Perhaps it was a 15-year-old girl, Greta Thunberg, in her speech to the conference members on behalf of the world’s youth, who forcefully said: “We will have to live with the mess that older generations have made. We will have to clean it up for them. That is not fair!”

Her cri de coeur made politicians take the problem of climate change more seriously.

The answer is blowin’ in the wind

Buildings and construction cranes seen through a heat haze in London. — Reuters file photo

Few of us may remember the US artiste Bob Dylan’s famous song with its refrain — The answer is blowin’ in the wind my friend, the answer is blowin’ in the wind.

In early Nov 2018, Southern California, which had suffered from a prolonged drought, was hit by the Devil Wind — the Santa Ana. This violent downslope (katabatic wind) blasting through the Santa Ana Valley often occurs in late Spring to early Summer with warm and low relative humidity air.

So why in the last year did this wind occur in November? It was because exceptionally high pressure existed inland in the great Basin and Mohave Desert while a very low pressure cyclone existed over the offshore Pacific Ocean.

Winds blow from high to low pressure air and in this case along a very steep pressure gradient. The local vegetation was bone dry and perhaps a dropped cigarette or the embers from a barbecue started a small fire, to be fanned by the violent dry Santa Ana wind.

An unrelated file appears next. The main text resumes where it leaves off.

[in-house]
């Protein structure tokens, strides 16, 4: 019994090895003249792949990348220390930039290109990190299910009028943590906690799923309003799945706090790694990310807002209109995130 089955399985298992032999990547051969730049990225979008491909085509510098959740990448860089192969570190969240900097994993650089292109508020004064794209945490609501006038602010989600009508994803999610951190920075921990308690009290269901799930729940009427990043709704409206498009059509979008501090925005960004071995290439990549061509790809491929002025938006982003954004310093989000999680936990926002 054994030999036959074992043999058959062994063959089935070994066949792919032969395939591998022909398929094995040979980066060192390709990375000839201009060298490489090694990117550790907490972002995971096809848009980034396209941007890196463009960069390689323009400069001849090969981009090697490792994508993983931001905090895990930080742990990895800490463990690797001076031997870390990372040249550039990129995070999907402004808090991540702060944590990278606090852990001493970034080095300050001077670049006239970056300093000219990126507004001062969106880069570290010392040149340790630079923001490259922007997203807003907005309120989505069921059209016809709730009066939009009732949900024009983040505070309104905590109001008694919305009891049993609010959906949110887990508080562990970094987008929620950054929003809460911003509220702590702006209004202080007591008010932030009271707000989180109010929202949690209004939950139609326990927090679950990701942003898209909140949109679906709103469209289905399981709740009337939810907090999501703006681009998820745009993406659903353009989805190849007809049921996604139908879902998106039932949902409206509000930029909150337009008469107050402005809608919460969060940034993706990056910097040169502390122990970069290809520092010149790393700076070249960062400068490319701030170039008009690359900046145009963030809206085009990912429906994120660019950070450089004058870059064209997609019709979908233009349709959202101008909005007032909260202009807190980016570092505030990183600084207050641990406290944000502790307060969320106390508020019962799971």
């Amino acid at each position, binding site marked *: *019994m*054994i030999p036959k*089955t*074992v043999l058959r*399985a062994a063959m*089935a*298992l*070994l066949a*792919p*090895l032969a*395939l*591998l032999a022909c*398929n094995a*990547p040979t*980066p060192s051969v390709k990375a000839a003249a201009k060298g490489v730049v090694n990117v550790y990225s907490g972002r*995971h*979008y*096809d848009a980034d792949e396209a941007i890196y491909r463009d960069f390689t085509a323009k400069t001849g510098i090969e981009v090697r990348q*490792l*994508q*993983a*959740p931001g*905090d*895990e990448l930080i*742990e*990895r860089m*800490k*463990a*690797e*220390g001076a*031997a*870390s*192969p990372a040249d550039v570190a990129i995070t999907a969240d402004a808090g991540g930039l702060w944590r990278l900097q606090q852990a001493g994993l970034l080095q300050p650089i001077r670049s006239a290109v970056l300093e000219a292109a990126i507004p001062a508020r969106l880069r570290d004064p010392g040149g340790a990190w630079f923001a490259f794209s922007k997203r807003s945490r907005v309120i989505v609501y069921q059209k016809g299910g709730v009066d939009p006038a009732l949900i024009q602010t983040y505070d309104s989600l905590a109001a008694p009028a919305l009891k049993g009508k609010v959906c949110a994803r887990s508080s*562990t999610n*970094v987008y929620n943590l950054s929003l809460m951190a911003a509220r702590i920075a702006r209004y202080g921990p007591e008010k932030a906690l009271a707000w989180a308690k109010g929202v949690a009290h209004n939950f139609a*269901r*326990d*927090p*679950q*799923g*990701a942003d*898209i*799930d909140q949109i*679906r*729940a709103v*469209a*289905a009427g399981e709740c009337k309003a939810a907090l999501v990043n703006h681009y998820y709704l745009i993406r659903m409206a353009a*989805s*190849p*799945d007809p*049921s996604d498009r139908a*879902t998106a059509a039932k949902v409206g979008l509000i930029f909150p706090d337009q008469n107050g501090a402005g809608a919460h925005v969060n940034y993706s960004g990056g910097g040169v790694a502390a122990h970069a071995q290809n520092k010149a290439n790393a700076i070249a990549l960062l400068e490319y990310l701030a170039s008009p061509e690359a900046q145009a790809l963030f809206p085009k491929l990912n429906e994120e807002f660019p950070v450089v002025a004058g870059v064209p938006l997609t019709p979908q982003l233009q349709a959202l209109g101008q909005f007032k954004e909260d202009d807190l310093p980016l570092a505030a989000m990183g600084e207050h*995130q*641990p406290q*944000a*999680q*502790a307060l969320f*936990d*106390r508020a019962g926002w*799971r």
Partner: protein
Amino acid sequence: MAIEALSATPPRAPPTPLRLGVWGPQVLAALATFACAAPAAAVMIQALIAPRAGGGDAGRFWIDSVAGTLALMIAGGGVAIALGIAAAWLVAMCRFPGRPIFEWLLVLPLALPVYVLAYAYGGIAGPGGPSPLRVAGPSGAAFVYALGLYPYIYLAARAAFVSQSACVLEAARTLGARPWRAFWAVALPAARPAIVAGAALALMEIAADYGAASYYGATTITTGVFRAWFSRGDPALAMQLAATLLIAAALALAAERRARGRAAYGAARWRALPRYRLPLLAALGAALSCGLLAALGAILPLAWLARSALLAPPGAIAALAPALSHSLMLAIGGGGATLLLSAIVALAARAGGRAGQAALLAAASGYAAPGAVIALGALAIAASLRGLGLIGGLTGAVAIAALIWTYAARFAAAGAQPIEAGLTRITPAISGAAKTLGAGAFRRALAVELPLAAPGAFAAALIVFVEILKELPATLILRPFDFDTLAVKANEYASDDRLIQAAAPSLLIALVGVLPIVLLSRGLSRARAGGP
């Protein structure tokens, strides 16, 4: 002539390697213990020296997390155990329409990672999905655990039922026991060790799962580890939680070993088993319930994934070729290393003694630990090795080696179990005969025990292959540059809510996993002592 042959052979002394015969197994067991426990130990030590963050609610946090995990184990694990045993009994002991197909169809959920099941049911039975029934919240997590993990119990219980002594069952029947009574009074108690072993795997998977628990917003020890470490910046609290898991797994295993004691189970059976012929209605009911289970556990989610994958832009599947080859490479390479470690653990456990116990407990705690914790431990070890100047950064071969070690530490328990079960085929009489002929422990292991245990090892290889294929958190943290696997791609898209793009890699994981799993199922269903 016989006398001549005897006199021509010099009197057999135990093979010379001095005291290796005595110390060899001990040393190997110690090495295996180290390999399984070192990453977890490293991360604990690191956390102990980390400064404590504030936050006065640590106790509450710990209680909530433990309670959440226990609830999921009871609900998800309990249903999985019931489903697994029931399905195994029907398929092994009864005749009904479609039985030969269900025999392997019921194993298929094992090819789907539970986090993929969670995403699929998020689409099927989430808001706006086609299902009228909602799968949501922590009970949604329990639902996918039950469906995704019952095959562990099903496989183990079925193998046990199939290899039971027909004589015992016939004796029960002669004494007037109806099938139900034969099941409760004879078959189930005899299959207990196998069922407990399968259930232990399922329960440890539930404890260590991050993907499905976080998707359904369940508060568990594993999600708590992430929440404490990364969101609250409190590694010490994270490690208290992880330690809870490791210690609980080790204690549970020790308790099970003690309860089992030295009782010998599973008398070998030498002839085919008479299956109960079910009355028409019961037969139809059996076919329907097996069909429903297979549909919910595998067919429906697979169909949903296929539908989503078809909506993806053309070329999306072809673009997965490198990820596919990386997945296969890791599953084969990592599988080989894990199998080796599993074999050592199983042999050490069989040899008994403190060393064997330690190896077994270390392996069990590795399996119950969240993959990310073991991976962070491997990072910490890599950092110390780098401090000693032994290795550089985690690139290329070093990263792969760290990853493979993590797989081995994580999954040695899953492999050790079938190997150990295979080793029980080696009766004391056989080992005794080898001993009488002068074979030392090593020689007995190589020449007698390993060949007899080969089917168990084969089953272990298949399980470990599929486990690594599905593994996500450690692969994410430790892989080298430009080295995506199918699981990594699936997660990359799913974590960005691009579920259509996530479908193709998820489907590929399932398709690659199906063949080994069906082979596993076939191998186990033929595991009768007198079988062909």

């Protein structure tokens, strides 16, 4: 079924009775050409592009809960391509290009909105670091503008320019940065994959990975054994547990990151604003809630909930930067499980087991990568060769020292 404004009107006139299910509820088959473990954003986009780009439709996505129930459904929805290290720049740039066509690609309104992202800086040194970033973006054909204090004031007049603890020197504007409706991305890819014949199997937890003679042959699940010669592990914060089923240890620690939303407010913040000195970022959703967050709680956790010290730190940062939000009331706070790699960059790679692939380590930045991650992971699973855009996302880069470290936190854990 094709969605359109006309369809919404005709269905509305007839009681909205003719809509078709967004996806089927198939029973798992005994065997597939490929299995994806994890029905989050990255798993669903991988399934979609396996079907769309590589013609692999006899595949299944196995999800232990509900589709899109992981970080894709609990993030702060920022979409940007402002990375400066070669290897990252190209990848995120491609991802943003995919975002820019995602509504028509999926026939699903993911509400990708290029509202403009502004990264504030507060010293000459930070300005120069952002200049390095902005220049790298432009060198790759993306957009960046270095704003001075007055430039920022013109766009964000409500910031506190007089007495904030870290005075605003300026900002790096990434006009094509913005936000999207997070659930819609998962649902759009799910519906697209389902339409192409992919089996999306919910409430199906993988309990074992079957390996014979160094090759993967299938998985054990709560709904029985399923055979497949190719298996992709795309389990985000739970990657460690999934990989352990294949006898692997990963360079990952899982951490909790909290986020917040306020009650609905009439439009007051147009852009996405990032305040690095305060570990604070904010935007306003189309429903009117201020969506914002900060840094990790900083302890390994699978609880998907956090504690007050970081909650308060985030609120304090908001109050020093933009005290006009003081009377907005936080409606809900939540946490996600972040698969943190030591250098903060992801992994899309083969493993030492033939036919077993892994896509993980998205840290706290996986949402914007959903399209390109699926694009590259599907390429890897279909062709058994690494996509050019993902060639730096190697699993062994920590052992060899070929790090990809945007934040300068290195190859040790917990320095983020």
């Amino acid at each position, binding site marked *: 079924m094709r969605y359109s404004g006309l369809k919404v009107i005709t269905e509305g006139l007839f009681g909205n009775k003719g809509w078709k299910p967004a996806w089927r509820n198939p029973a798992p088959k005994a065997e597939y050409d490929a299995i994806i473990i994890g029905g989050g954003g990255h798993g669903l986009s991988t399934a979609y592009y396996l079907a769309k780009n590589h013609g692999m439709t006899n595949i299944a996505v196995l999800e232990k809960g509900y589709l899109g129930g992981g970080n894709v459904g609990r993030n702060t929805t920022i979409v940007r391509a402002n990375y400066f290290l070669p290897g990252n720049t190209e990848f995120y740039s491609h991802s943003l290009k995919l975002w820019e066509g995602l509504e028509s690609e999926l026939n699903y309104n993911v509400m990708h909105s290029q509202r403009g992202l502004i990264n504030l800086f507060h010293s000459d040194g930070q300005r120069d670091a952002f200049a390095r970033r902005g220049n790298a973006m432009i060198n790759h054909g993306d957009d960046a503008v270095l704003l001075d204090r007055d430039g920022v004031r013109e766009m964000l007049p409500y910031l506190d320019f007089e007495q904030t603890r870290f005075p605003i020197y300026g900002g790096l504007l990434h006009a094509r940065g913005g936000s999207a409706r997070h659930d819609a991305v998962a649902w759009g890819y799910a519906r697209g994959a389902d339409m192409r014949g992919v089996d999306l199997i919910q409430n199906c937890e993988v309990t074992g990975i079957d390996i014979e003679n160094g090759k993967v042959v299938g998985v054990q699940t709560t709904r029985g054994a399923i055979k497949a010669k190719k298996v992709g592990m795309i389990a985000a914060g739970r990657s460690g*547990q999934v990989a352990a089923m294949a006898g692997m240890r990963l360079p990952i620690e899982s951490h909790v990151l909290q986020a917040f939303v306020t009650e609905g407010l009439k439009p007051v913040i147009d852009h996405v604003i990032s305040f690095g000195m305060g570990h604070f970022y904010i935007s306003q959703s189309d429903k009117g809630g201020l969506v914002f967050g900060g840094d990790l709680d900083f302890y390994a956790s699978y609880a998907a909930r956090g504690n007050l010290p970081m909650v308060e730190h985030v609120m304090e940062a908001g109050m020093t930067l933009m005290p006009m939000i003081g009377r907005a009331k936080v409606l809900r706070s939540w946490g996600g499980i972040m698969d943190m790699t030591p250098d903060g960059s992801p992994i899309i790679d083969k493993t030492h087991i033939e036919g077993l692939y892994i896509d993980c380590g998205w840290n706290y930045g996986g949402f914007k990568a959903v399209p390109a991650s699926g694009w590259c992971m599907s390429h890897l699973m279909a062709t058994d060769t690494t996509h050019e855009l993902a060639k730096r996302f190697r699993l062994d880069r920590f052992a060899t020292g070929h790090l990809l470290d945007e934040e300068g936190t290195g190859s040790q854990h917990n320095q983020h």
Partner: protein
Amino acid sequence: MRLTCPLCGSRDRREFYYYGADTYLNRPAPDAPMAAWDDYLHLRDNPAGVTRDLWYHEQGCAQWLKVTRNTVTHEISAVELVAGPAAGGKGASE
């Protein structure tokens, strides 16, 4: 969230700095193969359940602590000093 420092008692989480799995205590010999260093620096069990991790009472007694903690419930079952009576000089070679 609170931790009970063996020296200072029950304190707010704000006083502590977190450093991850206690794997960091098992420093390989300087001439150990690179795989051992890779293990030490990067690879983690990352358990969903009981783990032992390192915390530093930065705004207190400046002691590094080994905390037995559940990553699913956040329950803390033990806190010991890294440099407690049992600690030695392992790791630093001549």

Over 62,000 hectares of vegetation and 13,600 houses were destroyed within a few days, resulting in an unprecedented number of deaths and unaccounted persons in California’s history.

Such sudden downslope winds have seen raging forest fires in Portugal, Spain and Mediterranean France in the last few years as well as wildfires burning thousands of hectares of moorland in northern England.

Australia did not escape wild fires in Nov 2018 with Queensland reaching temperatures of 40 C with 40 kilometres per hour winds fanning bushfires and causing the evacuation of 6,000 people.

At the same time, Sydney was engulfed with torrential rain in just one day when the equivalent of the monthly average rainfall fell, resulting in flash flooding and property damage.

Similar flash floods have been witnessed this year in both Sabah and Sarawak, with local elderly residents implying that they have not seen the likes before. Such wildfires and flash floods are here to stay as part of a global picture as weather patterns change and become more unpredictable.